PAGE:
One often-overlooked aspect of retirement planning is the effect of taxes. Without proper planning, taxes can take a significant bite out of your nest egg.
A $1 million dollar portfolio in a 401(k) plan or traditional IRA, for example, might be worth $800,000 or less after taxes. Similarly, if your investments are in a regular, taxable brokerage account, the income that money generates may also be taxable.
One way to work around this problem is to save and invest even more during your working career so that you have extra money to pay your taxes. Another is to be tax-smart with your investments and account choices to reduce your tax liability to an absolute minimum.
Here are several types of retirement income that are not taxable.
The easiest way to avoid taxes on your retirement money is to use a Roth account. Both IRA and 401(k) plans can be structured as Roth accounts, which don't offer a tax deduction on contributions but allow tax-free withdrawals after age 59 ½.
Essentially, with a Roth account, you're paying your taxes upfront at the time that you contribute, rather than owing them on your distributions. While you can't contribute to a Roth if your income exceeds certain levels -- $144,000 for singles or $214,000 for joint filers -- you can convert your traditional plan to a Roth at any time. However, you'll have to pay income taxes on the amount of the conversion, just as if you withdrew the money.
For this reason, it typically makes more sense to start a Roth earlier in your career rather than facing a huge tax bill during your peak earning years.
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It's not usually a good idea to rely on an inheritance as a retirement plan. For starters, receiving an inheritance is never a sure thing, and additionally, the amount bequeathed is rarely enough to fund a long retirement.
However, many Americans do receive an inheritance at some point in their lives, and it can often be a good supplement to existing retirement savings. Financially speaking, the best part of an inheritance is that it is tax-free. Even if there is estate tax involved, which is quite a rarity, beneficiaries are not responsible for paying them.
Municipal Bond Income
Municipal bonds are issued by states, cities and various localities, generally to fund projects like schools, roads and other items that are for the common good. Municipal bonds are granted tax relief at the federal level, meaning investors don't have to pay federal taxes on the interest earned from any municipal bond.
If you buy a bond issued in your own state, you're typically granted a tax exemption from state taxes as well. This makes municipal bonds particularly valuable in high-tax states like California. They can also be a good source of retirement income, as they are generally safe investments in addition to being tax-exempt.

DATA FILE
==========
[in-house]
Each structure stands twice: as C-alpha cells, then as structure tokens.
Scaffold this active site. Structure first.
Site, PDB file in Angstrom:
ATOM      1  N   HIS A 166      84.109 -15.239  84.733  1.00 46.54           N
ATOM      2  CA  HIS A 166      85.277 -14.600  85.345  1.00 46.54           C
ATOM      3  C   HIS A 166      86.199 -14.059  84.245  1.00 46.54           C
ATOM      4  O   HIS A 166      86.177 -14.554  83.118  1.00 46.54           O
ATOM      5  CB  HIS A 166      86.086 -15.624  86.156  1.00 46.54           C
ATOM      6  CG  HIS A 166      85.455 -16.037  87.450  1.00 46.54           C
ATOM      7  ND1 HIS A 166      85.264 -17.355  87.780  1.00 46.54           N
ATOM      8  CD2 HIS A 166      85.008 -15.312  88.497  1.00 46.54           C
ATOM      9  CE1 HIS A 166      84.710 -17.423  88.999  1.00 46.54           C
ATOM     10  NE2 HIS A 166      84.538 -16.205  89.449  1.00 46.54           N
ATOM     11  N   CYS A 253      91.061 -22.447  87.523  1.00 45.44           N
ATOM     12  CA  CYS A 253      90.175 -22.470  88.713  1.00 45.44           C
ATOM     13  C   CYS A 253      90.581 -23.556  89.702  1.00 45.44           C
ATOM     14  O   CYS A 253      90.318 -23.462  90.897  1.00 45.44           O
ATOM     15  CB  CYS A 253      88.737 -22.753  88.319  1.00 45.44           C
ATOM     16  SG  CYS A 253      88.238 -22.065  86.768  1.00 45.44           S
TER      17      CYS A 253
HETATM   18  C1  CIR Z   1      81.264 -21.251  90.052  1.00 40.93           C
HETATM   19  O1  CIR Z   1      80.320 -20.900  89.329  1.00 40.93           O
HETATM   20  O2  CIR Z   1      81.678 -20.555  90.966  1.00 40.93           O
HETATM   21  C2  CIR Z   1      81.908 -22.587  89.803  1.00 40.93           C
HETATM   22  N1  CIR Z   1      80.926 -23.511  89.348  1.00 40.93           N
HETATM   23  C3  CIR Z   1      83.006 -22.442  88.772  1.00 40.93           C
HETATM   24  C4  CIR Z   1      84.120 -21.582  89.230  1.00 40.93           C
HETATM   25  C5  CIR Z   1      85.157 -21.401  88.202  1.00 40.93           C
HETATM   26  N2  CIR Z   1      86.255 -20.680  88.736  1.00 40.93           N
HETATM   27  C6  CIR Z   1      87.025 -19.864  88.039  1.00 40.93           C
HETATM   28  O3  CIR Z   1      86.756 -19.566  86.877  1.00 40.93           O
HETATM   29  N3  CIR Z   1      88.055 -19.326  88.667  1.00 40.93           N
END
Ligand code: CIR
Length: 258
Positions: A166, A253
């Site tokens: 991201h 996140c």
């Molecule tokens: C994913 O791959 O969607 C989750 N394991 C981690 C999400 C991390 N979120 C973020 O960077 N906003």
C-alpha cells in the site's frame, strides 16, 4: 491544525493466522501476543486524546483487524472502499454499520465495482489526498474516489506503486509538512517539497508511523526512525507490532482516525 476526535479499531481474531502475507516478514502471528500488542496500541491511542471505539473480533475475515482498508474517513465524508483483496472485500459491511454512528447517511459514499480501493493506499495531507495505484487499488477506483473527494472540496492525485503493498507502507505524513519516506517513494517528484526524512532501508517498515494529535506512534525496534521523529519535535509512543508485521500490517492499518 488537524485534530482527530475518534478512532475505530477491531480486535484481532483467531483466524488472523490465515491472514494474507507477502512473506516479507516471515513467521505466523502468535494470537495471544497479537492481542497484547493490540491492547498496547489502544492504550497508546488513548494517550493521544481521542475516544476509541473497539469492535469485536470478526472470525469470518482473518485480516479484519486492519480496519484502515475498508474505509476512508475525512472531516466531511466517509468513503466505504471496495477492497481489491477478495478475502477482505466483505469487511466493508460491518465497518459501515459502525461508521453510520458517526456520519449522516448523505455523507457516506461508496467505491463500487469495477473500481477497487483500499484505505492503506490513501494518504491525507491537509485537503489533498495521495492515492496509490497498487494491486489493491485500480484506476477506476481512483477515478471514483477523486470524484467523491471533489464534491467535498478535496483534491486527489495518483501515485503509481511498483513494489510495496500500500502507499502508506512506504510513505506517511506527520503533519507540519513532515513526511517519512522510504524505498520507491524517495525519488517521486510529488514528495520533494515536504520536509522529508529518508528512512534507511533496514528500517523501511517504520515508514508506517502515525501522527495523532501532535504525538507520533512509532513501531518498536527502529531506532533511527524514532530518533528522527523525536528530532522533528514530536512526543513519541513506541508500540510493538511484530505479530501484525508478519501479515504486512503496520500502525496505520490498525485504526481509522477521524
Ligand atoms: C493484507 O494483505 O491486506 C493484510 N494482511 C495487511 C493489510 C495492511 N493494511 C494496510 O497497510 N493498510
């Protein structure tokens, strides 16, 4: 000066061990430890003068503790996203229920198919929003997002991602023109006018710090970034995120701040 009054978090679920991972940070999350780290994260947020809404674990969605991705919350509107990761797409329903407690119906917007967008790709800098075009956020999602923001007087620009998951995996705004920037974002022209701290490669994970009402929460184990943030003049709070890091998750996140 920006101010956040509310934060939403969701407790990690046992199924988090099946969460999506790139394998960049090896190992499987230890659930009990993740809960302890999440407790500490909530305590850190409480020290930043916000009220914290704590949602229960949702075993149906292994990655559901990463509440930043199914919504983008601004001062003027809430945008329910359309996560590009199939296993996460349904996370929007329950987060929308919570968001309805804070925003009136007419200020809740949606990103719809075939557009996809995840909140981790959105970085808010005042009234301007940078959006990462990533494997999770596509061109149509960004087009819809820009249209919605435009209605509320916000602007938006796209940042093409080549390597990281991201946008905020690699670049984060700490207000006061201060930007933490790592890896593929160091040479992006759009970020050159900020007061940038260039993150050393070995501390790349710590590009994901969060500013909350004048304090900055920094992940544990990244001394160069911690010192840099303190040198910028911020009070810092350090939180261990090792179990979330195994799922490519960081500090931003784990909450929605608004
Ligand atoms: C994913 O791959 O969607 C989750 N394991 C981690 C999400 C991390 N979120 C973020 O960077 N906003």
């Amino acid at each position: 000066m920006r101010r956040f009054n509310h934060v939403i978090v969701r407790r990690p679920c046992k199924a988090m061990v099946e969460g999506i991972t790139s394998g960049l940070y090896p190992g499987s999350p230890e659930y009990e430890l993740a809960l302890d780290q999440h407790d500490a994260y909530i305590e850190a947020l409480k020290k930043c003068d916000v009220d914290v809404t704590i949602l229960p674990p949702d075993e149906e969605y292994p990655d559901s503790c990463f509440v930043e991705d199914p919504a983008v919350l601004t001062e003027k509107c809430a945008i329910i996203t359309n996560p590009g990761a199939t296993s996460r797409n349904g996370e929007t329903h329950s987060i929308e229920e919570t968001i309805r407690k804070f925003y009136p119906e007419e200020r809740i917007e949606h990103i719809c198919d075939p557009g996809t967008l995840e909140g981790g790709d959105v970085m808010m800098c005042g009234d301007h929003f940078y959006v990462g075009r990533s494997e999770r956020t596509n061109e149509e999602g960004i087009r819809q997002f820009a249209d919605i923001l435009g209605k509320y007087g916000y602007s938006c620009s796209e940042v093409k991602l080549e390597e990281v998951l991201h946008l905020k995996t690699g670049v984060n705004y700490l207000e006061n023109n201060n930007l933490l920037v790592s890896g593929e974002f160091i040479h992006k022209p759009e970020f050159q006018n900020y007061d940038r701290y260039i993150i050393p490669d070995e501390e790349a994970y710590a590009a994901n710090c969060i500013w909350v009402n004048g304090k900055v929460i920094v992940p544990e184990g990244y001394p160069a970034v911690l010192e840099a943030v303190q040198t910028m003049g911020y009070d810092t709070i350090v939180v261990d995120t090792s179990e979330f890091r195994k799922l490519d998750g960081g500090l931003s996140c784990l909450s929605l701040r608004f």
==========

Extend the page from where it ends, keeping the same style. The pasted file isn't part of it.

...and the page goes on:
A health savings account (HSA) combines some of the best features of both traditional and Roth IRAs into a single package. Contributions to an HSA earn a tax deduction, and earnings within the account grow tax-free.
When used for qualifying healthcare expenses, which is a fairly broad category, withdrawals are tax-exempt as well. Otherwise, you'll face a steep 20% penalty on your withdrawals. However, the kicker in terms of retirement planning is that once you reach age 65, you can withdraw your HSA money for any reason at all without having to pay a penalty.
When used for non-healthcare purposes, you'll still face ordinary income tax, but you can avoid the penalty. The best use of an HSA will always be for healthcare expenses, though, as you can withdraw your funds tax-free at any time.
Social Security Payments*
In many cases, Social Security payments are not taxable, but this is not always the case. If you're simply living off your Social Security retirement benefits, then it's true that they are tax-free. However, if you earn over a certain amount, some or even most of your payments become taxable. Here's how the taxation of Social Security for 2022 breaks down, based on income and filing status:
Individuals with a combined income of $25,000 to $34,000 may have to pay tax on up to 50% of their benefits; those with incomes of over $34,000 may face taxes on up to 85% of their Social Security income.
For joint filers, up to 50% of Social Security income is taxable for incomes between $32,000 and $44,000, with those earning more paying tax on up to 85% of benefits.
The Social Security Administration defines "combined income" as adjusted gross income plus nontaxable interest plus one-half of Social Security benefits.
Life Insurance Proceeds
Just like an inheritance, waiting for a life insurance payout isn't an ideal strategy for funding a retirement plan. However, it's entirely possible that at some point in your senior years you will receive some type of life insurance payout.
Often, these distributions are in the hundreds-of-thousands-of-dollars range, so they can significantly impact your retirement savings. And just as with inheritances, life insurance proceeds are tax-free to the recipient, at least when taken in a lump sum rather than installments.
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